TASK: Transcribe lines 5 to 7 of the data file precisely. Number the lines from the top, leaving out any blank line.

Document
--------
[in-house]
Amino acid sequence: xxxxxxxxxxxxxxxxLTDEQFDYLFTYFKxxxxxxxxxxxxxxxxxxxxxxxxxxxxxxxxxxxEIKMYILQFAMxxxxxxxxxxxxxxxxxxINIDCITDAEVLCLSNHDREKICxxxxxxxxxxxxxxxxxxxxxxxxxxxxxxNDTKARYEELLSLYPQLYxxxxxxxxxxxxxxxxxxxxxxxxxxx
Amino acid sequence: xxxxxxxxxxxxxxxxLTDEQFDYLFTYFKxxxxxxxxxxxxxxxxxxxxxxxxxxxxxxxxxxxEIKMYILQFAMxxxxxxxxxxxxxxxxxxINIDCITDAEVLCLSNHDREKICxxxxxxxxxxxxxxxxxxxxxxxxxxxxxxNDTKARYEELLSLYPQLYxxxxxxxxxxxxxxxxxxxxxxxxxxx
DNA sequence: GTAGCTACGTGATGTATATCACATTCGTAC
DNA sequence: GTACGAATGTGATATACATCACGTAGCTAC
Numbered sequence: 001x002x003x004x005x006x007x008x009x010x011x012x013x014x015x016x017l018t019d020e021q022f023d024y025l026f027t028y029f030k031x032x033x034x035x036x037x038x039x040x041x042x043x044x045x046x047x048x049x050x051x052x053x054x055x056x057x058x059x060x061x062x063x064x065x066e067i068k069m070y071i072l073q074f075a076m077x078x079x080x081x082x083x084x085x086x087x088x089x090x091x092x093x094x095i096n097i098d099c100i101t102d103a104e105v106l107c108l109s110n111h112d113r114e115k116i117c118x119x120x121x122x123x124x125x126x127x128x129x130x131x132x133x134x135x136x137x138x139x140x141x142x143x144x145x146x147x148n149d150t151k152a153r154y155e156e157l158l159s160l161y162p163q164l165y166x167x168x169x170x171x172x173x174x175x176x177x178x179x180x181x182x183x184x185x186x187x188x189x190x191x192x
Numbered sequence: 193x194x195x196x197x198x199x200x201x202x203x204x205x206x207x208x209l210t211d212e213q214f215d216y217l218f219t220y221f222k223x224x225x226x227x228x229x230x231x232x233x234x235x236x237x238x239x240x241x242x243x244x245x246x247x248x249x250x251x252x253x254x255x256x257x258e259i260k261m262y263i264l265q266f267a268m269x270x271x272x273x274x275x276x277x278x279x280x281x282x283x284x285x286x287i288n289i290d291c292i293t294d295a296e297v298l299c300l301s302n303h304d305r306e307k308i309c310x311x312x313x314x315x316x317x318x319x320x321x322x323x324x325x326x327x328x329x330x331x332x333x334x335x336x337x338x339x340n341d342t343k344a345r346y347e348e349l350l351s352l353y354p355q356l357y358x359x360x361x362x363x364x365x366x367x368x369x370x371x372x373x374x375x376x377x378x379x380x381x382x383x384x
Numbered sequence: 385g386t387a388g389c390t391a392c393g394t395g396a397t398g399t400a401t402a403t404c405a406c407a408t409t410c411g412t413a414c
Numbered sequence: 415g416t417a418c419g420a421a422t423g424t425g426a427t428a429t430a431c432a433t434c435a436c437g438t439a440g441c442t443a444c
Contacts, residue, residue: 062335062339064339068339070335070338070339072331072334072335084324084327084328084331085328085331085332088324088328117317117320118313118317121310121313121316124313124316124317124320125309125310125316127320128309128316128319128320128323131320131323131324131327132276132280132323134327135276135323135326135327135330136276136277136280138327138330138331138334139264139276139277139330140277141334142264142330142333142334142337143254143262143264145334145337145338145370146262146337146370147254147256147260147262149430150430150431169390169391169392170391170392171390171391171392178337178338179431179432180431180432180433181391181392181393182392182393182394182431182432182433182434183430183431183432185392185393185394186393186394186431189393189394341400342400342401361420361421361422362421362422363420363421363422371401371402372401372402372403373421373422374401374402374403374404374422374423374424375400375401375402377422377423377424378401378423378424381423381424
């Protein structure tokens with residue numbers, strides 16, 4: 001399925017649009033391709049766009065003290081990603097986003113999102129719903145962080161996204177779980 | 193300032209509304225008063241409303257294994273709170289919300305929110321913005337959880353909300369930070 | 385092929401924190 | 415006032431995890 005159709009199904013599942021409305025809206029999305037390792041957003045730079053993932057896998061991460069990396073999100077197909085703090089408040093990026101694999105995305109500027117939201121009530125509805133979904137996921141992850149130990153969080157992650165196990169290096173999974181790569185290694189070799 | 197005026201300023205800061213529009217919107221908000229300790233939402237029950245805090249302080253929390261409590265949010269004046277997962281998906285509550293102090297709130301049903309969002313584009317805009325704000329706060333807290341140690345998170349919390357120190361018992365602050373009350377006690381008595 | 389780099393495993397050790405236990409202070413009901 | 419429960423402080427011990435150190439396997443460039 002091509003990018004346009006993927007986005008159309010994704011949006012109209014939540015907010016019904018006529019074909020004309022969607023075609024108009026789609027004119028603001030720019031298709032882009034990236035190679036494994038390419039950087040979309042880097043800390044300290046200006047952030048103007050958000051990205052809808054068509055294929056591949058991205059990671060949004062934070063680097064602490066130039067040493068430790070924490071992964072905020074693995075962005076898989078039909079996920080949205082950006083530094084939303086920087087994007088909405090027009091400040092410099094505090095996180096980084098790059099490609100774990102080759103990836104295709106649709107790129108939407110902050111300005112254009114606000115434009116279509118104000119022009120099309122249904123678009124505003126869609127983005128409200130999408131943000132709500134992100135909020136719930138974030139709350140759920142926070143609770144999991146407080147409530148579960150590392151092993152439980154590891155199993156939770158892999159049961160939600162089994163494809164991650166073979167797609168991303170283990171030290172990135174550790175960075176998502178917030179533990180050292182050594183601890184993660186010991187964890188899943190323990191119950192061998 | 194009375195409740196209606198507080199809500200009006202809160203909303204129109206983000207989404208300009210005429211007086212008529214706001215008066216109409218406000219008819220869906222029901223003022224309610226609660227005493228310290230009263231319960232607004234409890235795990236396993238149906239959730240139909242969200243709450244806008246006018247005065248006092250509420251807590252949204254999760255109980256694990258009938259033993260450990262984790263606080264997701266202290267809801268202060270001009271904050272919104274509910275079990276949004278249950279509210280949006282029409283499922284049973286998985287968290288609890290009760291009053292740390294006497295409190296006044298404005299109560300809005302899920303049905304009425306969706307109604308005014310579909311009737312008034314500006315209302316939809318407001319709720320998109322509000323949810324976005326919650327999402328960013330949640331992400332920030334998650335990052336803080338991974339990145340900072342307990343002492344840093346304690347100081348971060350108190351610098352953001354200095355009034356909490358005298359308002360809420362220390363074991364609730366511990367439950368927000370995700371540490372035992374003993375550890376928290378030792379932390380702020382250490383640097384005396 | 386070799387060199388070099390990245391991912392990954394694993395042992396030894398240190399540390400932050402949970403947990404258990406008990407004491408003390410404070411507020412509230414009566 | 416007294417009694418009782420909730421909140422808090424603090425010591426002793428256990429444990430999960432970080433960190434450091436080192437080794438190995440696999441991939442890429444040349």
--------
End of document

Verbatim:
DNA sequence: GTACGAATGTGATATACATCACGTAGCTAC
Numbered sequence: 001x002x003x004x005x006x007x008x009x010x011x012x013x014x015x016x017l018t019d020e021q022f023d024y025l026f027t028y029f030k031x032x033x034x035x036x037x038x039x040x041x042x043x044x045x046x047x048x049x050x051x052x053x054x055x056x057x058x059x060x061x062x063x064x065x066e067i068k069m070y071i072l073q074f075a076m077x078x079x080x081x082x083x084x085x086x087x088x089x090x091x092x093x094x095i096n097i098d099c100i101t102d103a104e105v106l107c108l109s110n111h112d113r114e115k116i117c118x119x120x121x122x123x124x125x126x127x128x129x130x131x132x133x134x135x136x137x138x139x140x141x142x143x144x145x146x147x148n149d150t151k152a153r154y155e156e157l158l159s160l161y162p163q164l165y166x167x168x169x170x171x172x173x174x175x176x177x178x179x180x181x182x183x184x185x186x187x188x189x190x191x192x
Numbered sequence: 193x194x195x196x197x198x199x200x201x202x203x204x205x206x207x208x209l210t211d212e213q214f215d216y217l218f219t220y221f222k223x224x225x226x227x228x229x230x231x232x233x234x235x236x237x238x239x240x241x242x243x244x245x246x247x248x249x250x251x252x253x254x255x256x257x258e259i260k261m262y263i264l265q266f267a268m269x270x271x272x273x274x275x276x277x278x279x280x281x282x283x284x285x286x287i288n289i290d291c292i293t294d295a296e297v298l299c300l301s302n303h304d305r306e307k308i309c310x311x312x313x314x315x316x317x318x319x320x321x322x323x324x325x326x327x328x329x330x331x332x333x334x335x336x337x338x339x340n341d342t343k344a345r346y347e348e349l350l351s352l353y354p355q356l357y358x359x360x361x362x363x364x365x366x367x368x369x370x371x372x373x374x375x376x377x378x379x380x381x382x383x384x